Thursday, November 5, 2009

Why be Woven

As I continue to work on Woven Theology, that is, the process is which Salvation happens though space time and paradoxical reality, the question exists "why does it matter". I hear this question a lot when it comes to understanding God, or understanding the nature of Salvation, or sanctification. After all, if it happens, does it matter how it happens?

There are multiple driving forces, let me start with the weakest. The first force, which provides me with a little motivation is the drive to know where I came from in a spiritual sense. It's the same motivation that causes secular scientists to study evolution, and Christian scientists to study creation. We want to know where it came from, how it started.

My next motivation is trying to bring come unity. I believe that Woven Theology moves beyond the limiting factors of most theological systems. The interpretation of most systems today have created and either-or dichotomy. You either accept this premise, or that premise. Somehow, we have to reconcile what we find in scripture, even though they seem to be conflicting ideas. My analogy is that most present systems exist like Newtonian Physics, they are progressive, straight line, action to reaction type systems. Woven theology is more Astrophysics, where time moving backwards and forwards at the same time, contradictory things being true until an event or observation interacts with them. Things are put together, superimposed to create the reality of Salvation.

My last motivation is to help make ministry practical. A good friend of mine was talking about self-help books. If a self-help booked really worked, why are there so many of them. If one really made you a better person, everyone would buy it. They don't work, which is why there are so many. I fear our process of evangelism is similar. We have so many different tools, outlines, strategies and formulas, but they so often fall short. There is no magic bullet, no one size fits all. I wrote a book in an attempt to pull all these strategies together in an attempt to be able to use multiple outlines and resources for the common purpose of Evangelism.

I think if we better understand Salvation, we are better equipped to be involved in it. We have been too far on extremes, either sitting on the side, waiting for the predestined to just get there, or trying to argue people into the Kingdom, with little success. We need a system to understand how Salvation operates so we see our part in the structure. I really believe we pray too little, stress too much, make things overly complicated and have low expectations. We either give up or become overly confrontational, and in the end, it's been more about our duty and less about presenting the Good News. We need to learn to be the kind of Evangelists that we see in the New Testament (that is another blog).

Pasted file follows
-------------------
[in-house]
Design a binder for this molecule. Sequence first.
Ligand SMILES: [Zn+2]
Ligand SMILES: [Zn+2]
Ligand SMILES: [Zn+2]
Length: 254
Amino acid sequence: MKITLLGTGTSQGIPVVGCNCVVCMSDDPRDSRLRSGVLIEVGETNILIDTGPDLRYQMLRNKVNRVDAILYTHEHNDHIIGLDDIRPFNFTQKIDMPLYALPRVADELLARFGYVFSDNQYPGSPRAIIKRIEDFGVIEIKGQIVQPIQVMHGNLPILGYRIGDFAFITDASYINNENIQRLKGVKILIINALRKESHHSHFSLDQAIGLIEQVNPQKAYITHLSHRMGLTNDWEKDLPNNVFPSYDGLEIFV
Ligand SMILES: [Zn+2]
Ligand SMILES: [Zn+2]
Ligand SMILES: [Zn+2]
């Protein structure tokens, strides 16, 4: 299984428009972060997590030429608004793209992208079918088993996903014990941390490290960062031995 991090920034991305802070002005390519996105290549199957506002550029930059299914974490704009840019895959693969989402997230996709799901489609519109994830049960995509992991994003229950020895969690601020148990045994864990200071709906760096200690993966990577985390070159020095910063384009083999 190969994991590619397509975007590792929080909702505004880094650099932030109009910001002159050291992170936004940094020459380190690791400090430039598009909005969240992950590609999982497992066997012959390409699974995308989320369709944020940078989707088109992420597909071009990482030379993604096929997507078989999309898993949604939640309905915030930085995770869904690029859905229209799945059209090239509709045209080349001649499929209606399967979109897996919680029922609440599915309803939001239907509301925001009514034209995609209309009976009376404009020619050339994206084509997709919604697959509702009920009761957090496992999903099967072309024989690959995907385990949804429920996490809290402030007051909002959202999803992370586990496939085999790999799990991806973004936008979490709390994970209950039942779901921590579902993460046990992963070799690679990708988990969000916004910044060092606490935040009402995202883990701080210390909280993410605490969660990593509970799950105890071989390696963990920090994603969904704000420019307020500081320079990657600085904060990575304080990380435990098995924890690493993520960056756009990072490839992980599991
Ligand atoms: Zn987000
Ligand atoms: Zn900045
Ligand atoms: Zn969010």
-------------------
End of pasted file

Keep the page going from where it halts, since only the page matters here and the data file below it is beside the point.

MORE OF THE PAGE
Those are my reasoning for the creation of Woven Theology. My desire to be more in God's will, to be a good steward with the time and opportunity I have to share my faith with others. During this process, I have been able to witness individuals coming to the Lord in ways that I would not have predicted. Praying for people, and seeing them get saved in ways I wouldn't have imagined, because it's the work of the Lord, and not the effort I put into it. It's been amazing, and my prayer is that as we examine the mystery that is how the Lord moves in the work of Salvation, you will see Him work in mighty ways too.

1 comment:

  1. I think most people would say there are two ways of looking at theology: biblical theology and systematic theology.

    In ST, the idea is to start with the doctrines of God, then Man, then Sin (separation), Jesus (how the two are reconciled), the church, so on and so forth. The doctrines of the Christian faith are organized logically and supported biblically.

    In BT, the idea is to simply express doctrines as they are encountered in the context of scripture. The trick is to continue to modify doctrines as one comes across relevant scriptures; you cannot have a coherent doctrine of a loving and gracious God if you stopped at Genesis chapter 7.

    Woven theology I believe is an attempt to combine the scriptural approach of BT with the logical approach of ST. By understanding a doctrine or theological point not as something abstract or tied to a handful of scriptures, but as being tied to multiple doctrines and theological points that are interconnected and interdependent. One cannot look at a tapestry from the back-side filled with knots and overlapping colors and understand completely the image on the other side. Likewise one cannot remove and appreciate a single thread as superior or preeminent without ignoring its original context or without damaging the threads to which it was originally connected.

    We need to have some sense of the whole and the parts at the same time so we can be humbly mindful that we cannot know or understand the whole or the parts in there entirety.

    We are indeed blessed to know the Father through the Son in the power of the Holy Spirit. It is a blessing that we are commanded to know Him better today than we did yesterday and more so tomorrow than we do today. Woe to us when we think we know it all.